He had his teeth done in June, so I doubt that's it.



Quote:
Originally Posted by Citrus View Post
Wow- this is perplexing...... I was wondering if he really just wants to go and thats why it seems like he is not getting used to any bit.
That's definitely a possibility. I just want to be sure it's not a pain thing first.
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post #16 of 28 Old 03-06-2010, 12:39 AM
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Here's my advice. Throw away all the bits you have and get a curb bit with swivel shanks and a snaffle type mouth. Make sure that you can put two fingers between the curb strap and his chin and make sure that the bit is contacting the corners of his mouth and maybe making one wrinkle in the skin. Or Ride him in a simple ring snaffle. He is not real soft in his face and mouth so you need to work at that. Put a small amount of pressure on the reins and as soon as he gives even a tiny bit give a release, but don't give the release or increase the pressure untill he gives his face. The reason he is mouthing the bit so much is because he is resisting it not because he is in pain. It's not about the bit with him it's about resistance and the horses inability to break at the poll. The softer you get him the less he will fight that bit. Just ride him and work on getting him soft in the face and otherwise trained and the mouthing the bit will take care of itself.

The grazing bit your horse is wearing in the first video is junk. It is the worst bit ever made and should be thrown in the garbage. It is designed to be cheap to build not to fit well in a horses mouth. It's also made out of aluminum which will dry out a horses mouth where copper or sweet iron will encourage salivation.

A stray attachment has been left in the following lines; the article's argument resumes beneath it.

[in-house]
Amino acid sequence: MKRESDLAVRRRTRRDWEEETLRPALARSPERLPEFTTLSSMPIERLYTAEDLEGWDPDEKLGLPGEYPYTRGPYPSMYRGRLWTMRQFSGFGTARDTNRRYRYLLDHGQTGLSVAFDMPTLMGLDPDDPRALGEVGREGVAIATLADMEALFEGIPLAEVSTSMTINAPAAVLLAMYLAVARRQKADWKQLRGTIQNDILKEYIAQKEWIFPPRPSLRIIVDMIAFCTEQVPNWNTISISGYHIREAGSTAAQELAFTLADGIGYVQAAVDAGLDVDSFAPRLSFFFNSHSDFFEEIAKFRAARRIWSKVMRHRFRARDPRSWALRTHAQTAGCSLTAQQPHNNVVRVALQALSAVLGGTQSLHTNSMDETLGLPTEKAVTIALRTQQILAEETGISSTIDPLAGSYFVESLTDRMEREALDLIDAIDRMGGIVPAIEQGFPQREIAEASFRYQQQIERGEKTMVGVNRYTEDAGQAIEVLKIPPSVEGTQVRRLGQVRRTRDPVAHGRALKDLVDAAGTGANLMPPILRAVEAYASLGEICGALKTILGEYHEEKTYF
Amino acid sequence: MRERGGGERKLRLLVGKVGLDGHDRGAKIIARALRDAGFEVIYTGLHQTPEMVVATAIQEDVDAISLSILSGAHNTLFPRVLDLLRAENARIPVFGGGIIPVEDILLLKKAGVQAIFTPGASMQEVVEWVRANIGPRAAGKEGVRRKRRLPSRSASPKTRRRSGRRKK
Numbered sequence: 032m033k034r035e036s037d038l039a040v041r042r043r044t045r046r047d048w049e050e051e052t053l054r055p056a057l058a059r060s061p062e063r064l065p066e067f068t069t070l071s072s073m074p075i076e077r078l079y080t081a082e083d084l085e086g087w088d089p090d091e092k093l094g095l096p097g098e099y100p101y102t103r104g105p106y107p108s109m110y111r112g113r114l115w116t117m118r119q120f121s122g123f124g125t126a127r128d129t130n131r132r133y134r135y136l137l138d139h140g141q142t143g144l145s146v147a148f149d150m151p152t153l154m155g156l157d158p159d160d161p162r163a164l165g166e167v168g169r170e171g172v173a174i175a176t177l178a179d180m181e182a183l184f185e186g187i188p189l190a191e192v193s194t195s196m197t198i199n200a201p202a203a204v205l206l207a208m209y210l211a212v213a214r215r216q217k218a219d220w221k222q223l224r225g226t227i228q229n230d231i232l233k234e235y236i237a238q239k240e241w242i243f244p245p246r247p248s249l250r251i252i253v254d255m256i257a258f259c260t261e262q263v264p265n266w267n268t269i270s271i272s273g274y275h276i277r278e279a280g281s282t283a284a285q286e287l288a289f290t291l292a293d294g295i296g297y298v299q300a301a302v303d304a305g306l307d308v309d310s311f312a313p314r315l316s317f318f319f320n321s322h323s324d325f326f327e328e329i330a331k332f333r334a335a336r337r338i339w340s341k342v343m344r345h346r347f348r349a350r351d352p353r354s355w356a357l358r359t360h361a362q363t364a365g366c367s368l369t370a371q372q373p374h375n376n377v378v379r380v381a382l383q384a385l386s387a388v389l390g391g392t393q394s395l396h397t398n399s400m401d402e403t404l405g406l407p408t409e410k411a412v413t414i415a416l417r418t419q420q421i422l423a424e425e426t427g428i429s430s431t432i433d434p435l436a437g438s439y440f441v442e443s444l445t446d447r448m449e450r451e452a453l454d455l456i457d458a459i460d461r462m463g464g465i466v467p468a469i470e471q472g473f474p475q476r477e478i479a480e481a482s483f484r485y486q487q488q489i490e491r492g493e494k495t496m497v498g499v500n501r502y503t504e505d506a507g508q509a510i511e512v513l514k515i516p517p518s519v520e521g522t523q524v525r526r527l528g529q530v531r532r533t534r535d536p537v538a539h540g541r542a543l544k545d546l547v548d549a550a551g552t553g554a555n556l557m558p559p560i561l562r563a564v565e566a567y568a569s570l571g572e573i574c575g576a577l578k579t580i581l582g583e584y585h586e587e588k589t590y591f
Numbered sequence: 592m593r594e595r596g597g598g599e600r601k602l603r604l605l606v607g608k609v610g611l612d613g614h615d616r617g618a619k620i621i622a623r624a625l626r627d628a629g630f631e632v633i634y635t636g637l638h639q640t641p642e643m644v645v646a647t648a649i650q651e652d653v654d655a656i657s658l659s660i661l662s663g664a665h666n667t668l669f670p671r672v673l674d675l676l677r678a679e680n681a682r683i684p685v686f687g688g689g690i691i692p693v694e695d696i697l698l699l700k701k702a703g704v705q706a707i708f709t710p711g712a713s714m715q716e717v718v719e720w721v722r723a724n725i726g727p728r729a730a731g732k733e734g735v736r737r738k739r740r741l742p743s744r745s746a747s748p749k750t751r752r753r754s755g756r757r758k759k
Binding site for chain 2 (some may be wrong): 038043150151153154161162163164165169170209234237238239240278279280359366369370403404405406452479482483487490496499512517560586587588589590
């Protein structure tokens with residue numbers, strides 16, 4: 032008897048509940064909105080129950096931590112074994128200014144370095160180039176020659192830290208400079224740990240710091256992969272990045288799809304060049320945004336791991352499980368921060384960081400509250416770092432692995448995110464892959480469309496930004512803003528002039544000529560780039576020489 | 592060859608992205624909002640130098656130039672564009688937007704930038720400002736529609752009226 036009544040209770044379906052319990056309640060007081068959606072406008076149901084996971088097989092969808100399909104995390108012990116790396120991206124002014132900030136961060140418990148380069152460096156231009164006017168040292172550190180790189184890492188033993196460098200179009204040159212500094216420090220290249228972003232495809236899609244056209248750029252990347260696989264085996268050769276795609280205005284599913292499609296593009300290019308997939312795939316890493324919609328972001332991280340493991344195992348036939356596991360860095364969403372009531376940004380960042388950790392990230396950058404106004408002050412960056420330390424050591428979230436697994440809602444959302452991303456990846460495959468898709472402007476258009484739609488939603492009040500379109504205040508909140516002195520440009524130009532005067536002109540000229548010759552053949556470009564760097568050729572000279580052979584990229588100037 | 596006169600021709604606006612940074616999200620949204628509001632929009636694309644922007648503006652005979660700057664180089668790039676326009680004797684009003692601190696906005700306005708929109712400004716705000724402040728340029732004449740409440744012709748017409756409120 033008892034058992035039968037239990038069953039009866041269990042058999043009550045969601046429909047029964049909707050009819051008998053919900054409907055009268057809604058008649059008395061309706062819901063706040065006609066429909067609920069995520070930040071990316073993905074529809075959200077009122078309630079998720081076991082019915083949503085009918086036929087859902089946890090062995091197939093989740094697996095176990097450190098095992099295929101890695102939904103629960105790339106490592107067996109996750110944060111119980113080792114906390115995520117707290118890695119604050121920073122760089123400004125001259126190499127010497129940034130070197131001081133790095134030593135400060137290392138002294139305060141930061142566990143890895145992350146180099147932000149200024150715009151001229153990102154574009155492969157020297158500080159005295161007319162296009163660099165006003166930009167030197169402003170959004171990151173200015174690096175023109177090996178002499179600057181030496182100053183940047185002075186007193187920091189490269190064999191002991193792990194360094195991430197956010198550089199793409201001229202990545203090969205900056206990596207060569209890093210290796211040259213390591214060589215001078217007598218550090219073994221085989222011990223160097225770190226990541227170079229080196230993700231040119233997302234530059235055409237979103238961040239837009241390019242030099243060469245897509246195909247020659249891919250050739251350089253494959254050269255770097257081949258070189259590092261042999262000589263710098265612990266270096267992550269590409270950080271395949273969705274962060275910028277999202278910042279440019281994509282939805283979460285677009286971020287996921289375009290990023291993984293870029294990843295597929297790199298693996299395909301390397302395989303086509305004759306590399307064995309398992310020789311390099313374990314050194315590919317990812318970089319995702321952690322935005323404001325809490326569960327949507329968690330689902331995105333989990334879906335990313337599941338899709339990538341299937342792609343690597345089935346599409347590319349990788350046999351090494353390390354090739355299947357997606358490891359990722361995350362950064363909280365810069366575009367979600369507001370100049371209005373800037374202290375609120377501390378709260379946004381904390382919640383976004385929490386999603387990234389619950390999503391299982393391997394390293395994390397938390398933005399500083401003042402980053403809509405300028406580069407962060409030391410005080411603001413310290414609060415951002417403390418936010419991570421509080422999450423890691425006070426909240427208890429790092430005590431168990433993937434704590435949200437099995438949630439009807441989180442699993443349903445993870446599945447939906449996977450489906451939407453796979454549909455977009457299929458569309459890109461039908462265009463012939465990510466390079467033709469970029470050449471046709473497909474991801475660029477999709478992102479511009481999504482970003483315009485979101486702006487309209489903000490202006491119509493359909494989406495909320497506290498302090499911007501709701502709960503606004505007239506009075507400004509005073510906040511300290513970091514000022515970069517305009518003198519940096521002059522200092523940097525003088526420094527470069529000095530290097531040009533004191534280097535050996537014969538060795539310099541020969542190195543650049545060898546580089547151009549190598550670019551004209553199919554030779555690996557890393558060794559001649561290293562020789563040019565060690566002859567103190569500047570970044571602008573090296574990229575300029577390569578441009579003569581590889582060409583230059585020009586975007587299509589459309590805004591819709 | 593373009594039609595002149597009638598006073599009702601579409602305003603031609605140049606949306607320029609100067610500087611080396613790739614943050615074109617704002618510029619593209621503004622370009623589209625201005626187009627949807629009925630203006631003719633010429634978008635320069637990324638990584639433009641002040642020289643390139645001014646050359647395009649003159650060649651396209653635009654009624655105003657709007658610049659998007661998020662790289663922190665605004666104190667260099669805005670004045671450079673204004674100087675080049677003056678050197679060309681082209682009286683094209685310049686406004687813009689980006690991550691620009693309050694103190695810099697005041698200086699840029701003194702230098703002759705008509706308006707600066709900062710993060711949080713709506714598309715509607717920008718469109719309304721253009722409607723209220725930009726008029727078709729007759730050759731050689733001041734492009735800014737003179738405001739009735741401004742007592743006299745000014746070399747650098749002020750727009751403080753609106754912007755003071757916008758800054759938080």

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Last edited by kevinshorses; 03-06-2010 at 12:42 AM.
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post #17 of 28 Old 03-06-2010, 01:06 AM
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What I meant was for you to ride him and show us his behavior. These vids don't really show me anything. There's not much release being given, besides the horse needs to be engaged and forward before being asked to yield and back up, and then they shouldn't be backed up with just the reins.
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post #18 of 28 Old 03-08-2010, 07:30 PM Thread Starter
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Quote:
Originally Posted by kevinshorses View Post
Here's my advice. Throw away all the bits you have and get a curb bit with swivel shanks and a snaffle type mouth. Make sure that you can put two fingers between the curb strap and his chin and make sure that the bit is contacting the corners of his mouth and maybe making one wrinkle in the skin. Or Ride him in a simple ring snaffle. He is not real soft in his face and mouth so you need to work at that. Put a small amount of pressure on the reins and as soon as he gives even a tiny bit give a release, but don't give the release or increase the pressure untill he gives his face. The reason he is mouthing the bit so much is because he is resisting it not because he is in pain. It's not about the bit with him it's about resistance and the horses inability to break at the poll. The softer you get him the less he will fight that bit. Just ride him and work on getting him soft in the face and otherwise trained and the mouthing the bit will take care of itself.